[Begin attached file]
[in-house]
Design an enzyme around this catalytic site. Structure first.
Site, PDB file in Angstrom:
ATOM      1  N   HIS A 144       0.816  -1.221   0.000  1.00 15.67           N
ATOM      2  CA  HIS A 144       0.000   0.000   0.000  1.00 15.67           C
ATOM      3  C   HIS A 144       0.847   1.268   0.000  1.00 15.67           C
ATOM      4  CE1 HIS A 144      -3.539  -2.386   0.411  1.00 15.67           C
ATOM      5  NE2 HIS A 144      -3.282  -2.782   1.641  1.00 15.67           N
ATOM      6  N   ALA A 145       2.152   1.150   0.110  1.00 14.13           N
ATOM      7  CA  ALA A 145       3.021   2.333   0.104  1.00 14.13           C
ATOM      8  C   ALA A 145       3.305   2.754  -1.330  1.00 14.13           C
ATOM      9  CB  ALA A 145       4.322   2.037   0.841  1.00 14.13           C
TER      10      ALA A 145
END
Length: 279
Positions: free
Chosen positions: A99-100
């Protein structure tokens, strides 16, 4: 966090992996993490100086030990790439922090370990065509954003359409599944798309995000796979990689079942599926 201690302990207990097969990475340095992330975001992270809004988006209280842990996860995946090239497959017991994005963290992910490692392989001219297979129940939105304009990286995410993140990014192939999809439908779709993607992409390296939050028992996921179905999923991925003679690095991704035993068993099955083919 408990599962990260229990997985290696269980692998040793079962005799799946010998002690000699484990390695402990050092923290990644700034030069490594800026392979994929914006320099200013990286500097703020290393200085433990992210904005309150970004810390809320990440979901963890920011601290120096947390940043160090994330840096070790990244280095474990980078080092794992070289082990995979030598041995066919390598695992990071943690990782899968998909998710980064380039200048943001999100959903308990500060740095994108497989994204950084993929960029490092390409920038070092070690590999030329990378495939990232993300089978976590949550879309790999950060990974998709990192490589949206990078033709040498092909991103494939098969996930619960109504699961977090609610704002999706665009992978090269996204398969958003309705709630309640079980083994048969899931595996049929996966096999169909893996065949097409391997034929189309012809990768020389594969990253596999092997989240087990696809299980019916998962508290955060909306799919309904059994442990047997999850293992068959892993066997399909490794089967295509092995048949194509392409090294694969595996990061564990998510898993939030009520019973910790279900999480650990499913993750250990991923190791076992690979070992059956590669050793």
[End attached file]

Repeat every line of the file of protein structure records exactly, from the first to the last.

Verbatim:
[in-house]
Design an enzyme around this catalytic site. Structure first.
Site, PDB file in Angstrom:
ATOM      1  N   HIS A 144       0.816  -1.221   0.000  1.00 15.67           N
ATOM      2  CA  HIS A 144       0.000   0.000   0.000  1.00 15.67           C
ATOM      3  C   HIS A 144       0.847   1.268   0.000  1.00 15.67           C
ATOM      4  CE1 HIS A 144      -3.539  -2.386   0.411  1.00 15.67           C
ATOM      5  NE2 HIS A 144      -3.282  -2.782   1.641  1.00 15.67           N
ATOM      6  N   ALA A 145       2.152   1.150   0.110  1.00 14.13           N
ATOM      7  CA  ALA A 145       3.021   2.333   0.104  1.00 14.13           C
ATOM      8  C   ALA A 145       3.305   2.754  -1.330  1.00 14.13           C
ATOM      9  CB  ALA A 145       4.322   2.037   0.841  1.00 14.13           C
TER      10      ALA A 145
END
Length: 279
Positions: free
Chosen positions: A99-100
């Protein structure tokens, strides 16, 4: 966090992996993490100086030990790439922090370990065509954003359409599944798309995000796979990689079942599926 201690302990207990097969990475340095992330975001992270809004988006209280842990996860995946090239497959017991994005963290992910490692392989001219297979129940939105304009990286995410993140990014192939999809439908779709993607992409390296939050028992996921179905999923991925003679690095991704035993068993099955083919 408990599962990260229990997985290696269980692998040793079962005799799946010998002690000699484990390695402990050092923290990644700034030069490594800026392979994929914006320099200013990286500097703020290393200085433990992210904005309150970004810390809320990440979901963890920011601290120096947390940043160090994330840096070790990244280095474990980078080092794992070289082990995979030598041995066919390598695992990071943690990782899968998909998710980064380039200048943001999100959903308990500060740095994108497989994204950084993929960029490092390409920038070092070690590999030329990378495939990232993300089978976590949550879309790999950060990974998709990192490589949206990078033709040498092909991103494939098969996930619960109504699961977090609610704002999706665009992978090269996204398969958003309705709630309640079980083994048969899931595996049929996966096999169909893996065949097409391997034929189309012809990768020389594969990253596999092997989240087990696809299980019916998962508290955060909306799919309904059994442990047997999850293992068959892993066997399909490794089967295509092995048949194509392409090294694969595996990061564990998510898993939030009520019973910790279900999480650990499913993750250990991923190791076992690979070992059956590669050793």